Saturday, 12 September 2015

Explosive Cakes

I was writing here yesterday about the possibility of a cake’s exploding. Yes I was. It reminded me of an occasion when one did in fact explode, though at sub-atomic level. It was in the sixties, which as everyone knows started about 1965 and ended about 1980, and happened mostly in London. I was there, and having what, in retrospect, must have been a pretty amazing (if not necessarily always good) time. In those more liberal pre-Thatcher times, before the world was taken over by timid, frightened people only interested in money and the security they think it buys, even the Arts Council was adventurous: it supported, among other things, that much-maligned activity, guaranteed to cause apoplectic fits in Tunbridge Wells, ‘Performance Art’.

When the Covent Garden fruit and vegetable market moved Sarf of the River, the empty space was, for a few years until the money-grubbers grabbed it, turned over to the arts. Not ‘The Arts’ in the form of snooty expensive painting galleries, or studios for established artists and rich dilettantes, but more experimental and even quite loony stuff; even a performance artist could get assigned a little space there. I was staying in a friend’s flat in the area, and a frequent visitor was one such chap. One morning at breakfast he appeared carrying a parcel. I asked ‘What have you got there, anything interesting?’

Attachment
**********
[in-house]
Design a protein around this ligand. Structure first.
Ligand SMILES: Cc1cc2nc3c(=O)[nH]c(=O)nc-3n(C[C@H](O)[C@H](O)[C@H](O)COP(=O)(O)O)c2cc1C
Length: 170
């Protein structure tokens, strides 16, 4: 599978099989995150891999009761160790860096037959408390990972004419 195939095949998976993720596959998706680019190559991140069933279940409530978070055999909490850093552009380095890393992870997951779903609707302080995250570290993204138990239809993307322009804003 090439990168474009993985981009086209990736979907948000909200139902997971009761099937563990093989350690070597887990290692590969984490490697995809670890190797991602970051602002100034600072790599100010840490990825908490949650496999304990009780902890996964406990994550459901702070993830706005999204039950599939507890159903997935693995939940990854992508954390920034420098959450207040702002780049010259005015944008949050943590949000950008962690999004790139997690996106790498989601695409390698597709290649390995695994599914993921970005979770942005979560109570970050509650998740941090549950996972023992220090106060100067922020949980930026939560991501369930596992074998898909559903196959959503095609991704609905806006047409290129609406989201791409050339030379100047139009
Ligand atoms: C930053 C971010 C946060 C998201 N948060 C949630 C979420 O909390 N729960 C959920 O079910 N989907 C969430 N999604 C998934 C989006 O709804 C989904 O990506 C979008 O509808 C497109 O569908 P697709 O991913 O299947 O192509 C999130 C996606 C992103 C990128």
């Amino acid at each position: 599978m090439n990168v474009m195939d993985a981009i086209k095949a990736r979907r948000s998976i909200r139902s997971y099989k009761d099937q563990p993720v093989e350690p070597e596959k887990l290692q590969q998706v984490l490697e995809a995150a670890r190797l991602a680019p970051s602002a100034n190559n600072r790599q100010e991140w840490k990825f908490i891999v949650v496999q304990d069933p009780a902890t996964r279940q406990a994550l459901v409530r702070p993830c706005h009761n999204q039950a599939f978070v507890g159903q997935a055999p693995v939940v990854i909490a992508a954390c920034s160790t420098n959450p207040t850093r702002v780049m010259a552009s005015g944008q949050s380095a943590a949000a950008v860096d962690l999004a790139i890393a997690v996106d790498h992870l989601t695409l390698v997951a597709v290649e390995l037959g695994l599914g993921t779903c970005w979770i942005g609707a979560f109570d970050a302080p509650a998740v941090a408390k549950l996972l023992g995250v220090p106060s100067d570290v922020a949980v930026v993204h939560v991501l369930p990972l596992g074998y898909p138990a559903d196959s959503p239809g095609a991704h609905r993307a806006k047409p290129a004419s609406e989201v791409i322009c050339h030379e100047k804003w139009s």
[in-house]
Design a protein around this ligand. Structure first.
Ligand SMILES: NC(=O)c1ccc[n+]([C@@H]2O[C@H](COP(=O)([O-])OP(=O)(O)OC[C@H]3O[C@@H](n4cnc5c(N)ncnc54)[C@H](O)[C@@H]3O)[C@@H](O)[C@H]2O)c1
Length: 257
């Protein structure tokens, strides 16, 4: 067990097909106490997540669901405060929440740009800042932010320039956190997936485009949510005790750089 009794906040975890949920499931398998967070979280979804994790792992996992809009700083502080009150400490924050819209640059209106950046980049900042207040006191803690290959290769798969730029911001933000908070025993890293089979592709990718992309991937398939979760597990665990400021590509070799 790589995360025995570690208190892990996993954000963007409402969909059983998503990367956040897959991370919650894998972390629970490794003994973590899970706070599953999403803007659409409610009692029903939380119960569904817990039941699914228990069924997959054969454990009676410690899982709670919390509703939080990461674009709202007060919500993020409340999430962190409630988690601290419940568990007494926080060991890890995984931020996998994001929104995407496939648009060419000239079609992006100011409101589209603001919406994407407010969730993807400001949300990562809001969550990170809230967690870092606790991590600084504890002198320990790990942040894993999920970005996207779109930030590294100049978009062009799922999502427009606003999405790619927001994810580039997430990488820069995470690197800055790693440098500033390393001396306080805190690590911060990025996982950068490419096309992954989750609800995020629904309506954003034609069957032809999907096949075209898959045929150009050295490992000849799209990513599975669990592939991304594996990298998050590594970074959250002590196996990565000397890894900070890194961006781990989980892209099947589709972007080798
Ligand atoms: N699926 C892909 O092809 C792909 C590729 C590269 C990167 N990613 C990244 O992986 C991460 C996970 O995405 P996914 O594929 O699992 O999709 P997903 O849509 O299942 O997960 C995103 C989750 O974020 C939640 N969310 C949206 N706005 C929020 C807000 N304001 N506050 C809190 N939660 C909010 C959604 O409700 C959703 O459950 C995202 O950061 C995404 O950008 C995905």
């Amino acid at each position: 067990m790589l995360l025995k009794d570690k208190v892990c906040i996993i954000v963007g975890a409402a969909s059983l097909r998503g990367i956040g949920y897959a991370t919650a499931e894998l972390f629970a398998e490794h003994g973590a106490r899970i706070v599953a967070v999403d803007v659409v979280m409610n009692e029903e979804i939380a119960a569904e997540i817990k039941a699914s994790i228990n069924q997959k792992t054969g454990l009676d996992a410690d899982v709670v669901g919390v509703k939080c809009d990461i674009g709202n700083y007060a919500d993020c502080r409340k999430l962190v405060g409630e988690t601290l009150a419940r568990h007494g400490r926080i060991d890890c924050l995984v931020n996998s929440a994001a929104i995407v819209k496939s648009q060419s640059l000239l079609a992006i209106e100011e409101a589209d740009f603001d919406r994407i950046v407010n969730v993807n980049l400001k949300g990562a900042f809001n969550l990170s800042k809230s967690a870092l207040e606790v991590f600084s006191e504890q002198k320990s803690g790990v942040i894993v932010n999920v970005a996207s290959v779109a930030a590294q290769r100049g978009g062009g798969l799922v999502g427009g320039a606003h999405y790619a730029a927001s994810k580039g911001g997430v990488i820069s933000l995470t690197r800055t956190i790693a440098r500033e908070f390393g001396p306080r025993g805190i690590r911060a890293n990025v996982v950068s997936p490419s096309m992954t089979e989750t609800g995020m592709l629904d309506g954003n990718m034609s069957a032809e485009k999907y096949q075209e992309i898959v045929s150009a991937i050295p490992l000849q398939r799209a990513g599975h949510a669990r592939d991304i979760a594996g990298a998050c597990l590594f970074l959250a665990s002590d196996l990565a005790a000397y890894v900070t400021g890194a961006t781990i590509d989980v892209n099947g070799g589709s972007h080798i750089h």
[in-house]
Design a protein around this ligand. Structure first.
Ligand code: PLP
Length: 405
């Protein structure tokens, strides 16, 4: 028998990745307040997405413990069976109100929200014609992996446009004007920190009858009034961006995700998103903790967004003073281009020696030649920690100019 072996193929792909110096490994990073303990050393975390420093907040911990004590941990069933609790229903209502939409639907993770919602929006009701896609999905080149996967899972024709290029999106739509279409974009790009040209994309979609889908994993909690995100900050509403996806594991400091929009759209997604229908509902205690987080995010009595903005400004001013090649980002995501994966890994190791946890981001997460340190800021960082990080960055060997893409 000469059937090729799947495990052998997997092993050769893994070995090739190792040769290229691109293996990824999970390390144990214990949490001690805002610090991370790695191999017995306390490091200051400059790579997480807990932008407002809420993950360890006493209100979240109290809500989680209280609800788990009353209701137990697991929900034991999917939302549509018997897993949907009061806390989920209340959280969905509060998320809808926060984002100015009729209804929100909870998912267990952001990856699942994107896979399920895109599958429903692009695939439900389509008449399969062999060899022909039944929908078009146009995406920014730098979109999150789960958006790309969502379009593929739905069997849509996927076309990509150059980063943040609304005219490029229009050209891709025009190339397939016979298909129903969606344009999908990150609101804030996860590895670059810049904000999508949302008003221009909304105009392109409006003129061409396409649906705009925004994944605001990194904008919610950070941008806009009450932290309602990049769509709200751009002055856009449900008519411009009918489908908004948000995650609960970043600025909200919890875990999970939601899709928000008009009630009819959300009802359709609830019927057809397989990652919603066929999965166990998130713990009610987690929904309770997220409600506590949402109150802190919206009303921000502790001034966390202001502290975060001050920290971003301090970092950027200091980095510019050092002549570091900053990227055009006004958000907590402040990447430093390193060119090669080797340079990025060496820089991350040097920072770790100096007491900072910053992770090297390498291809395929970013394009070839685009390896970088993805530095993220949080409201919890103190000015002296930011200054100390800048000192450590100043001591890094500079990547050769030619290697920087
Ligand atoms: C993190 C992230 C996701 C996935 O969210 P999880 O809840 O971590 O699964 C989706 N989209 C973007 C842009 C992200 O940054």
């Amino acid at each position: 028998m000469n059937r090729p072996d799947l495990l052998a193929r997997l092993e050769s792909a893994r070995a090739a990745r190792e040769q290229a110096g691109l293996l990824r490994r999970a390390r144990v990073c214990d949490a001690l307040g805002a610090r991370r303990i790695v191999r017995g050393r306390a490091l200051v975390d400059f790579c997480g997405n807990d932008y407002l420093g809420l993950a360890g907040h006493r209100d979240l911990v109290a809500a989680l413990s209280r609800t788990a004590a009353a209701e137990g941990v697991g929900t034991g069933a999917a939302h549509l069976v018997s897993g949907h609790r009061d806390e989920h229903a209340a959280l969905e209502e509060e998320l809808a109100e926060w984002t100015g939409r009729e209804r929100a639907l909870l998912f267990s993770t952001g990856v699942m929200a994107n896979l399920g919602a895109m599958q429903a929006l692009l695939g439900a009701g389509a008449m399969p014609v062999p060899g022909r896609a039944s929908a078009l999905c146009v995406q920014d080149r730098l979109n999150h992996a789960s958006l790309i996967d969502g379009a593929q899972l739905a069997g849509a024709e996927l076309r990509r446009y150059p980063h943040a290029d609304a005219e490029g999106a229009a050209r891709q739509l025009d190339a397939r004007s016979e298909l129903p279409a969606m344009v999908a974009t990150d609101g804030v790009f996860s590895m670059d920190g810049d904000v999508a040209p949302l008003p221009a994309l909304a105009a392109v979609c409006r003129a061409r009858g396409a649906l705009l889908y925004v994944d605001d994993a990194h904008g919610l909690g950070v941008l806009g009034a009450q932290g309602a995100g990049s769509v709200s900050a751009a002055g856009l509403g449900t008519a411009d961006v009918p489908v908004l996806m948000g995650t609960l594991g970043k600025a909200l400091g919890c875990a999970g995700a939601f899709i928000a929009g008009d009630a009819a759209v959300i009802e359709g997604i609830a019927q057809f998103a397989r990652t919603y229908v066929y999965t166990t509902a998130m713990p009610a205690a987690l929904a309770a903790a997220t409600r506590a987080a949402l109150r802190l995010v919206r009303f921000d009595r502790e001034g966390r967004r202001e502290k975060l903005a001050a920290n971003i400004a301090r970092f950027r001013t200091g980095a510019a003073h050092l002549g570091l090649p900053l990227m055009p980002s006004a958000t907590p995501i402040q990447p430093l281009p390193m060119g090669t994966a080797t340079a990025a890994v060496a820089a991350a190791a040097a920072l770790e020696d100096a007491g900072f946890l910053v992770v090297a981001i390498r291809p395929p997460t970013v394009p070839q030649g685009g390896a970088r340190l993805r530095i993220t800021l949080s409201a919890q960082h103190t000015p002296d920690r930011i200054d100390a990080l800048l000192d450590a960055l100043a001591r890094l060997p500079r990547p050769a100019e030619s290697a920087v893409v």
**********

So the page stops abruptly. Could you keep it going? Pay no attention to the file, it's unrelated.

‘Oh, it’s a big chocolate cake my grandmother just sent me.’

‘Oh. I thought it might be something for your performance stuff.’

‘Now there’s an idea: I don’t actually like chocolate cake, so…’ and he was off before I had a chance to say that I did like chocolate cake.

He filled the cake with a mild explosive and fitted an electric detonator and cable. At his little performance booth he placed the cake on a plinth and unrolled the cable to what he considered a safe distance, and connected it to one of those exploders so often featured in cartoon films, consisting of a wooden box with a magneto inside, and a T-shaped plunger on top. Having gathered a small audience, he called ‘Stand back!’ and pushed the plunger. A muffled ‘Bang!’ and the surroundings, including the audience, were spattered with little bits of chocolate cake. Polite applause; day’s performance over.

One must hope Granny never got to hear about it.


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